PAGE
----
Rhapsody (operating system)

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Apple Rhapsody
DeveloperApple Computer
OS family
Working stateHistoric
Source modelClosed source
Latest releaseDeveloper Release 2 / May 1998; 24 years ago (1998-05)
Platformsx86, PowerPC
Kernel typeHybrid kernel
LicenseOnly released to developers

Rhapsody is the development series of Apple Computer's next-generation operating system. Targeting only developers for a transition period, its releases came between Apple's purchase of NeXT in late 1996 and the announcement of Mac OS X (later renamed macOS) in 1998. Rhapsody represented a new and exploratory strategy for Apple, more than an operating system, and runs on x86-based PCs and on Power Macintosh. Its OPENSTEP based Yellow Box API frameworks were ported to Windows NT for creating cross-platform applications. Eventually, the non-Apple platforms were discontinued, and later versions consist primarily of the OPENSTEP operating system ported to Power Macintosh, merging the Copland-originated GUI of Mac OS 8 with that of OPENSTEP. Several existing classic Mac OS frameworks were ported, including QuickTime and AppleSearch. Rhapsody can run Mac OS 8 and its applications in a paravirtualization layer called Blue Box for backward compatibility during migration to Mac OS X.

History[edit]

After Apple's purchase of NeXT in 1996, Rhapsody was announced at the MacWorld Expo in San Francisco on January 7, 1997[1] and first demonstrated at the 1997 Worldwide Developers Conference (WWDC). Subsequent general Developer Releases are for a select set of x86 and Power Macintosh hardware. Apple announced a "Premier" version akin to what became the Mac OS X Public Beta, followed by the full "Unified" version in the second quarter of 1998 which was canceled. Apple's development schedule in integrating the features of two very different systems complicated the forecast of features of upcoming releases. At the 1998 MacWorld Expo in New York City, Steve Jobs announced that Rhapsody would be publicly released as Mac OS X Server 1.0, which was shipped in 1999. No home version of Rhapsody was ever released. Its low-level source code base was forked into Darwin, as the open source Unix-like foundation of Mac OS X.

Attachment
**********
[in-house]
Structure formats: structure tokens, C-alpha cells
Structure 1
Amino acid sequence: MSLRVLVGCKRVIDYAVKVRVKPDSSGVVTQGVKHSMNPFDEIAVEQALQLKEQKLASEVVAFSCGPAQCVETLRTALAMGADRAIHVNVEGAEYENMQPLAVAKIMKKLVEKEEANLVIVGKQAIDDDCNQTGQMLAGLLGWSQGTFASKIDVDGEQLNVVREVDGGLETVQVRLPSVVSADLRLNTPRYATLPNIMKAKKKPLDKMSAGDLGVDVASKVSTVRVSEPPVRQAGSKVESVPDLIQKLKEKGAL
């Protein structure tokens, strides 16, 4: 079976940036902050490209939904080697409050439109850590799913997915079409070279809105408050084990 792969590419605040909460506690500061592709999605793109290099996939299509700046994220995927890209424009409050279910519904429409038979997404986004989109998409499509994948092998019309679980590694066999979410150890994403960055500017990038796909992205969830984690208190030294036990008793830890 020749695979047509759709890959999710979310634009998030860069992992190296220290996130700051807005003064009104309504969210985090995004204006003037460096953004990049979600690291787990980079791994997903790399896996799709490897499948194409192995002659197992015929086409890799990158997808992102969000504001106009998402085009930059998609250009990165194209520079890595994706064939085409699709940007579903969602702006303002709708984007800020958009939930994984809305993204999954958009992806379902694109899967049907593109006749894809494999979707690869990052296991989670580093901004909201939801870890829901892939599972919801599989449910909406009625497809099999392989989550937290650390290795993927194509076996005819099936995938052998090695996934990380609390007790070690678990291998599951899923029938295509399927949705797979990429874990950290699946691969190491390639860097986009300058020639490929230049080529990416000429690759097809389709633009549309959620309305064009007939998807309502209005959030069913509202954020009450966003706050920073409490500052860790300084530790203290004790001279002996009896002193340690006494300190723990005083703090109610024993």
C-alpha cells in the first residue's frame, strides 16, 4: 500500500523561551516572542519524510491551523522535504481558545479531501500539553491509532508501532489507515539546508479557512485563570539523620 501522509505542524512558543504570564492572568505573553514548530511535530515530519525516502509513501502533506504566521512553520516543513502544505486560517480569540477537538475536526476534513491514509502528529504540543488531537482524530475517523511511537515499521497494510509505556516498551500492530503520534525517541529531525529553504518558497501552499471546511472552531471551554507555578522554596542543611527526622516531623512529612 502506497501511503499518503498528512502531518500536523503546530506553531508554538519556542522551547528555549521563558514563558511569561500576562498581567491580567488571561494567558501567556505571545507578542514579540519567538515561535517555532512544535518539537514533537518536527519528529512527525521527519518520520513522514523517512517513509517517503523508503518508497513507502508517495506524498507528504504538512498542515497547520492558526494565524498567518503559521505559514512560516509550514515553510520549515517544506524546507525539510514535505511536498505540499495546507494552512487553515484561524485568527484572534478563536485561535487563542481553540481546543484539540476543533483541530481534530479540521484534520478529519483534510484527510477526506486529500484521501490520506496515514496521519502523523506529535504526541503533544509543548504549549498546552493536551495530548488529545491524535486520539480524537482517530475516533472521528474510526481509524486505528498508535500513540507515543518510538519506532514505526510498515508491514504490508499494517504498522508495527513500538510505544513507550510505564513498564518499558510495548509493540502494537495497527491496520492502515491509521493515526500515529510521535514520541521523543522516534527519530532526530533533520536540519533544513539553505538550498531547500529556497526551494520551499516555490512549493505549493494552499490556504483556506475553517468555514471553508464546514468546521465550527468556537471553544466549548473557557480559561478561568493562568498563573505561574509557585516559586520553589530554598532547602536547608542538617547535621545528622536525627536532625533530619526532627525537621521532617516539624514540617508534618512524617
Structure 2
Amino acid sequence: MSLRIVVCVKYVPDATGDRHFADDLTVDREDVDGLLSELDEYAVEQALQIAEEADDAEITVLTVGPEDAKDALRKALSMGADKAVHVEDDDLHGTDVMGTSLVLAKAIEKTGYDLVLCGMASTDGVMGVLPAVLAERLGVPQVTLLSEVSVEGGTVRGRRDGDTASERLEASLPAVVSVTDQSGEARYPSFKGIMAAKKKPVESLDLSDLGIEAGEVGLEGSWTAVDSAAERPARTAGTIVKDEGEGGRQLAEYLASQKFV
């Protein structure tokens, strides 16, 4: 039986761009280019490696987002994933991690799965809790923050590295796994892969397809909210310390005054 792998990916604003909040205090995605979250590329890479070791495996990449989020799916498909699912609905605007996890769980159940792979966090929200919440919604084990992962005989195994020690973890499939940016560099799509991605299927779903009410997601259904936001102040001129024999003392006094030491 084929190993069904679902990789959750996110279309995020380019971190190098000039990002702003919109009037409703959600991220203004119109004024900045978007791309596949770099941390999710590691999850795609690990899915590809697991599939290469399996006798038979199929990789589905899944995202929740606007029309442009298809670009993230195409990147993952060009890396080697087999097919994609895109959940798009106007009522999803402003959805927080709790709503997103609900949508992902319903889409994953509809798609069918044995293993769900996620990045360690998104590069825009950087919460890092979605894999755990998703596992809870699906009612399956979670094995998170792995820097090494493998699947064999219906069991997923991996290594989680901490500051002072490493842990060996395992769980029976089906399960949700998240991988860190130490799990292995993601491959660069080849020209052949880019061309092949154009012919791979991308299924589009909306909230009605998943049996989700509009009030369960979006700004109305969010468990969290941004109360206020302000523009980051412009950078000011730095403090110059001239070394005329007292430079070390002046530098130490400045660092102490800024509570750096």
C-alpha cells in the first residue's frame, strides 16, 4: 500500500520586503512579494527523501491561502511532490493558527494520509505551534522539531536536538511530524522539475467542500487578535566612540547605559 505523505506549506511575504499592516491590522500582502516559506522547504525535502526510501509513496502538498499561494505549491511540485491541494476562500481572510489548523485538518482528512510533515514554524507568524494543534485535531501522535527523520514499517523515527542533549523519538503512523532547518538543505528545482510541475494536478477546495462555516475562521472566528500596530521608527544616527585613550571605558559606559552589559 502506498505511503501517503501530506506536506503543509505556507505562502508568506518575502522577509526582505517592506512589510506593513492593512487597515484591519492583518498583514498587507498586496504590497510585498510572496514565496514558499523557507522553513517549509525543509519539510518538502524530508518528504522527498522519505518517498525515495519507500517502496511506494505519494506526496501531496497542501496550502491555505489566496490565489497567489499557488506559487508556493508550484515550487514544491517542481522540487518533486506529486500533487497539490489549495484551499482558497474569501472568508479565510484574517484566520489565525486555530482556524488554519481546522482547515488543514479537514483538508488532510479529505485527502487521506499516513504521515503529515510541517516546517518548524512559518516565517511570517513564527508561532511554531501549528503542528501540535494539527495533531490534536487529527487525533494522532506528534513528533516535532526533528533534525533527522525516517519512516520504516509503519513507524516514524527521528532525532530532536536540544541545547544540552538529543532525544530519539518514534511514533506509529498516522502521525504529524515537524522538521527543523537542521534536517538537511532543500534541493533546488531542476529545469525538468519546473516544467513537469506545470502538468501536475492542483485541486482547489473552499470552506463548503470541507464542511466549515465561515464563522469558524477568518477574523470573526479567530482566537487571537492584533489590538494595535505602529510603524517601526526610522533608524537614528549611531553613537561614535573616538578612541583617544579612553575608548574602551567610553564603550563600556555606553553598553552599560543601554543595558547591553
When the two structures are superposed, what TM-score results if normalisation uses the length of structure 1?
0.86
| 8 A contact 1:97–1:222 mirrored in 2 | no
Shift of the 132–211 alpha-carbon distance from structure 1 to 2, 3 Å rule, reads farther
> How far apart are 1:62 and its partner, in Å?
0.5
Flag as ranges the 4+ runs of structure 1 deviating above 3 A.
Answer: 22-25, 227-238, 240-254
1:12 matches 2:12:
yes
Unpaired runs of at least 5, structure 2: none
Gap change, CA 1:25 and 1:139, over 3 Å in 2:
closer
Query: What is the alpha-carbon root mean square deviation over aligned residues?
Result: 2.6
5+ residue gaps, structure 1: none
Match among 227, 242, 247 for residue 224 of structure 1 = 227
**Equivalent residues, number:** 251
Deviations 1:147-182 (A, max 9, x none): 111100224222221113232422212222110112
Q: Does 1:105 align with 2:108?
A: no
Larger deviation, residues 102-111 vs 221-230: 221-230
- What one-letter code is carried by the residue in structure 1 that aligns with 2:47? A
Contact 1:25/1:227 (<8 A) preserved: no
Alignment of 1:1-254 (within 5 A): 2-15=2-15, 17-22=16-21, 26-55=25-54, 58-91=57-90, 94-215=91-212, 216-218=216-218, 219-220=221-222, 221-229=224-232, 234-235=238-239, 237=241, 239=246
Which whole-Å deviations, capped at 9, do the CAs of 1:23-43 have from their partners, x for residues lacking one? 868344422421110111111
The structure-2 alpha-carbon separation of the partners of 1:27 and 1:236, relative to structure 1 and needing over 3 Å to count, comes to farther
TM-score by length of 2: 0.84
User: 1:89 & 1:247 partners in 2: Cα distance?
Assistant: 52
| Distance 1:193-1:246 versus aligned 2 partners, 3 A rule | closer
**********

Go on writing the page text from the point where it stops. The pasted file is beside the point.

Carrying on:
In a meeting with Michael Dell, owner of PC maker Dell, Steve Jobs demonstrated Rhapsody on x86, and offered to license the operating system to Dell for distribution on its PCs. The deal failed, however, when Jobs insisted that all of its computers ship with both Mac OS and Windows so that consumers could choose the platform they prefer (which would have resulted in Dell having to pay royalties to Apple for every computer it sells), as opposed to Dell's preference that the choice of OS be a factory option.[2]

Design[edit]

Rhapsody is defined by a heavily modified "hybrid" OSFMK 7.3 (Open Software Foundation Mach Kernel) from the OSF,[3] a BSD operating system layer (based on 4.4BSD), the object-oriented Yellow Box API framework, the Blue Box compatibility environment for "classic" Mac OS applications, and a Java Virtual Machine.